Law School Case Brief
Costello v. Fazio - 256 F.2d 903 (9th Cir. 1958)
A court is required to accept the findings of a referee in bankruptcy, unless such findings are clearly erroneous. Where a finding of fact by a referee is based upon conflicting evidence, or where the credibility of witnesses is a factor, a court will seldom hold such a finding clearly erroneous. The same reluctance is not encountered with regard to a factual conclusion from given facts. In the latter case, the proper conclusion from given facts can be made by a judge as well as a referee.
A partnership known as "Leonard Plumbing and Heating Supply Co." was organized in October 1948. The three partners, Fazio, Ambrose, and B. T. Leonard, made initial capital contributions to the business aggregating $44,806.40. Unfortunately after suffering continued losses, the corporation made an assignment to the San Francisco Board of Trade for the benefit of creditors and filed a voluntary petition in bankruptcy in October 1954. Creditors' claims against the bankrupt estate of Leonard Plumbing and Heating Supply, Inc., were filed by J. A. Fazio and Lawrence C. Ambrose. The trustee in bankruptcy objected to these claims and moved for an order subordinating them to the claims of general unsecured creditors. The referee in bankruptcy denied the motion, and his action was sustained by the district court. The trustee appealed challenging the order denying his motion to subordinate appellee creditors' claims against the bankrupt estate of a corporation to the claims of general, unsecured creditors.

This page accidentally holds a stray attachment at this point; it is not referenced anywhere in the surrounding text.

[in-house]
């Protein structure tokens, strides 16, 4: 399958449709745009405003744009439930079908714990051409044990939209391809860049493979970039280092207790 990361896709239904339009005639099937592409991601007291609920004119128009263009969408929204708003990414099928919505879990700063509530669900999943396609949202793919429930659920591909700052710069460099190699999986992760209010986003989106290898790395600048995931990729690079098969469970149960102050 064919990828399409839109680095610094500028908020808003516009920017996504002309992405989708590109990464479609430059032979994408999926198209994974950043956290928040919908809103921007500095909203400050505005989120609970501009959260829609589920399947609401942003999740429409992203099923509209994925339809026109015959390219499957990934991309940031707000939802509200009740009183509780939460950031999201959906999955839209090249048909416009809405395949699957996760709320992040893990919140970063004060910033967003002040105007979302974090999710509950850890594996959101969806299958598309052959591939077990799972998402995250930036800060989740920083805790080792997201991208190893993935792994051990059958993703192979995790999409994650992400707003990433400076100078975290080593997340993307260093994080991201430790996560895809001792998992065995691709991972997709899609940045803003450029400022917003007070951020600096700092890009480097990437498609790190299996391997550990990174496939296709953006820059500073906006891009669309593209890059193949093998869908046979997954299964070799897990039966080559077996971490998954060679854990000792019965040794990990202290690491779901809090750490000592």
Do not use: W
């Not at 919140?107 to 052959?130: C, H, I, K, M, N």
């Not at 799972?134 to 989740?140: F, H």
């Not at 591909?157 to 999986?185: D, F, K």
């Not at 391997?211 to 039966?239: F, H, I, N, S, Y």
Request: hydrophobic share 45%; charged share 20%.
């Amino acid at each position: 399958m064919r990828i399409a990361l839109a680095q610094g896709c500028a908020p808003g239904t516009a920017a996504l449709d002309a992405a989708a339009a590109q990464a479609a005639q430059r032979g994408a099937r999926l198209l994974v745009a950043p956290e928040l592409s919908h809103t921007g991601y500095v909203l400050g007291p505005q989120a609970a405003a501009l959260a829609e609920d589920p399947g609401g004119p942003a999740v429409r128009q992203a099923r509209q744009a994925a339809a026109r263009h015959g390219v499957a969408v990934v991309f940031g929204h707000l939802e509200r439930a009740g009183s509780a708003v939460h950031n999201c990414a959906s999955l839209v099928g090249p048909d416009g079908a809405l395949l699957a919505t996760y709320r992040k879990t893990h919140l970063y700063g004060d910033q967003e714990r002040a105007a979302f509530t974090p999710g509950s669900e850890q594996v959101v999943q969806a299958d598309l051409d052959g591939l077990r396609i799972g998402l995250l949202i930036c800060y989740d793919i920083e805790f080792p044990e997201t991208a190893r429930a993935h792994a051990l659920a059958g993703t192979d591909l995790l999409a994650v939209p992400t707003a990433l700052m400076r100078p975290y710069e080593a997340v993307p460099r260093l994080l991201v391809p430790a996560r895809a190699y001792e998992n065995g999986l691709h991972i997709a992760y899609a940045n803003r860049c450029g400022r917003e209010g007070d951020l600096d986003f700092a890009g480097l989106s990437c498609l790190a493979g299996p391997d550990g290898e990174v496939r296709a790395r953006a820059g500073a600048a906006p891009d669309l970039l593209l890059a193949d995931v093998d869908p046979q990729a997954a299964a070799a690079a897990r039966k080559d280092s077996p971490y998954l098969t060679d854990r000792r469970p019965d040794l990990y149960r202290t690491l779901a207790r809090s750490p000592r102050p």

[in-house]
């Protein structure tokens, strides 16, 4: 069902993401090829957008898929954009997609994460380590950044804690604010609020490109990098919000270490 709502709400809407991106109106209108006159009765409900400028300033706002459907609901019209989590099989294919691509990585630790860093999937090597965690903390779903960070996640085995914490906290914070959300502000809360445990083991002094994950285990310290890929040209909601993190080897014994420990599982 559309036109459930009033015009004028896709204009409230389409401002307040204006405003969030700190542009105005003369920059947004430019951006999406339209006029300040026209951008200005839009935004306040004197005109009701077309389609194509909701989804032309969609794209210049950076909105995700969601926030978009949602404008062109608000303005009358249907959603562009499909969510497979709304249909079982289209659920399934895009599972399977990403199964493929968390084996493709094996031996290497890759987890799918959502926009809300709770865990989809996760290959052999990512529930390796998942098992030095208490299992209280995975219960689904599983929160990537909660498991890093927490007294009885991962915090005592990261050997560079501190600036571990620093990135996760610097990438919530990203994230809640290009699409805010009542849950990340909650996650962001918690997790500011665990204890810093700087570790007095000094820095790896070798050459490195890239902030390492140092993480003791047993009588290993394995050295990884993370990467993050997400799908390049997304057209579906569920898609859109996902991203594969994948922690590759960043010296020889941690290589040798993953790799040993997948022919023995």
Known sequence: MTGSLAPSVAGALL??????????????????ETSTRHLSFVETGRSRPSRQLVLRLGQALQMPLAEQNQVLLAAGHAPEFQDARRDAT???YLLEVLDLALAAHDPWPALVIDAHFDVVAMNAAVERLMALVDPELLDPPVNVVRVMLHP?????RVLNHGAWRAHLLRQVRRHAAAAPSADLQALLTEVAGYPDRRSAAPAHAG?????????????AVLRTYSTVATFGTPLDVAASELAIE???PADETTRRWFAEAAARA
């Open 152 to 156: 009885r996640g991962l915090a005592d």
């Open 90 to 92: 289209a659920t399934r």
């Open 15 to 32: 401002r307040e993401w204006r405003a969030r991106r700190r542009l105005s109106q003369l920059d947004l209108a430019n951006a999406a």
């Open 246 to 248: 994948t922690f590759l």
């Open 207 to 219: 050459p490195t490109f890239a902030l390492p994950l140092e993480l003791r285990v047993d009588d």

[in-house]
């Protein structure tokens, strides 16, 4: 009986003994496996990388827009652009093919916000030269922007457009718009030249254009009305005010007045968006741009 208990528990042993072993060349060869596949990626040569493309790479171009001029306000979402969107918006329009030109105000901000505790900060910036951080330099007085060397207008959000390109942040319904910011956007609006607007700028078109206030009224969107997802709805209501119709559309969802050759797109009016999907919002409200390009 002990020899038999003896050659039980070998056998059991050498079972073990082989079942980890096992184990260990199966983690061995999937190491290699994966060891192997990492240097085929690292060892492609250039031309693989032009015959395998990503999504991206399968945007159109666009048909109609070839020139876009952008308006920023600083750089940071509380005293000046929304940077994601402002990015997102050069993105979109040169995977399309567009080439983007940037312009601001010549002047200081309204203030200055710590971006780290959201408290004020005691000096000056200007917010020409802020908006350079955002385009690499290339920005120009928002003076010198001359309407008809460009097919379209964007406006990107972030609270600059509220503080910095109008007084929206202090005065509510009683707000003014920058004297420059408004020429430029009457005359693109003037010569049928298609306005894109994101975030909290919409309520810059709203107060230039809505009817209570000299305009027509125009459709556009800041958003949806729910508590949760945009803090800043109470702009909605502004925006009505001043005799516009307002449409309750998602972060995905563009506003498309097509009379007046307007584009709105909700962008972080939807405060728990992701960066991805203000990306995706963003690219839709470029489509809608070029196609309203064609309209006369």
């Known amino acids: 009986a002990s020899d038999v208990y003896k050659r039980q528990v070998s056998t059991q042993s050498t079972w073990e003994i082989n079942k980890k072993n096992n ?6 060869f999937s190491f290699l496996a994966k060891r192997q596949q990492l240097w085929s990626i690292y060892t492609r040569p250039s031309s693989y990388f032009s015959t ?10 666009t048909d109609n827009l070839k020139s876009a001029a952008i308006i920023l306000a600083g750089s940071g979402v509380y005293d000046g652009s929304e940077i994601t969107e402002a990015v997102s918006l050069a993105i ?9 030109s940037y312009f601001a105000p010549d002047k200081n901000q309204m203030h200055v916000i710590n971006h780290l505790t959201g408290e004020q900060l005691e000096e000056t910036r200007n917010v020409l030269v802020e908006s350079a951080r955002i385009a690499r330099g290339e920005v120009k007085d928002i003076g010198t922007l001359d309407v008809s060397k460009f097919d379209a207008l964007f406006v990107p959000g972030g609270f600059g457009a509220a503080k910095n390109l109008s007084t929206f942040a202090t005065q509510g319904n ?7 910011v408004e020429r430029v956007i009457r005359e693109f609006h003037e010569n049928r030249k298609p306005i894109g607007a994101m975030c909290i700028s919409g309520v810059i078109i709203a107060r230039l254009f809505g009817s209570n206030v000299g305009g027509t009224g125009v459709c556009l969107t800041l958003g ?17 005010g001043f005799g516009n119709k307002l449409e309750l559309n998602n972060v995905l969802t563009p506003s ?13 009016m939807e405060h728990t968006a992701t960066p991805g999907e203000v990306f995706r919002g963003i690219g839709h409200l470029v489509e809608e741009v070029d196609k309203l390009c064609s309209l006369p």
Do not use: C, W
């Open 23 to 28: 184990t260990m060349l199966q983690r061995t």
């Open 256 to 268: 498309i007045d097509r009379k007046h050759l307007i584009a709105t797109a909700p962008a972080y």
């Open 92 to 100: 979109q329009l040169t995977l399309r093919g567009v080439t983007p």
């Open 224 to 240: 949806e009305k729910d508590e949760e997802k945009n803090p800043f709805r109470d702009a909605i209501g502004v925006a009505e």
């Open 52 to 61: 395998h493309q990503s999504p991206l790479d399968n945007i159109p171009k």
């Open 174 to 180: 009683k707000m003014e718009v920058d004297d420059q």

Should the creditor’s claims be subordinated to the claims of the general and unsecured creditors?
The court reversed and remanded, finding that the lower court erred in denying appellant's motion. Appellees, as directors and officers of the corporation, actually withdrew capital already committed to the business, in the face of recent adverse financial experience. They stripped the business of 88 percent of its stated capital at a time when it had a minus working capital and had suffered substantial business losses. The court further found that such actions were done for personal gain, under circumstances that charged appellees with knowledge that the corporation and its creditors would be endangered. Taking advantage of their fiduciary positions, they sought to gain equality of treatment with general creditors. Accordingly, the court found that the factual conclusion of the lower court that appellees, in withdrawing capital, did not act for their own personal or private benefit and to the detriment of the corporation and creditors, was clearly erroneous.
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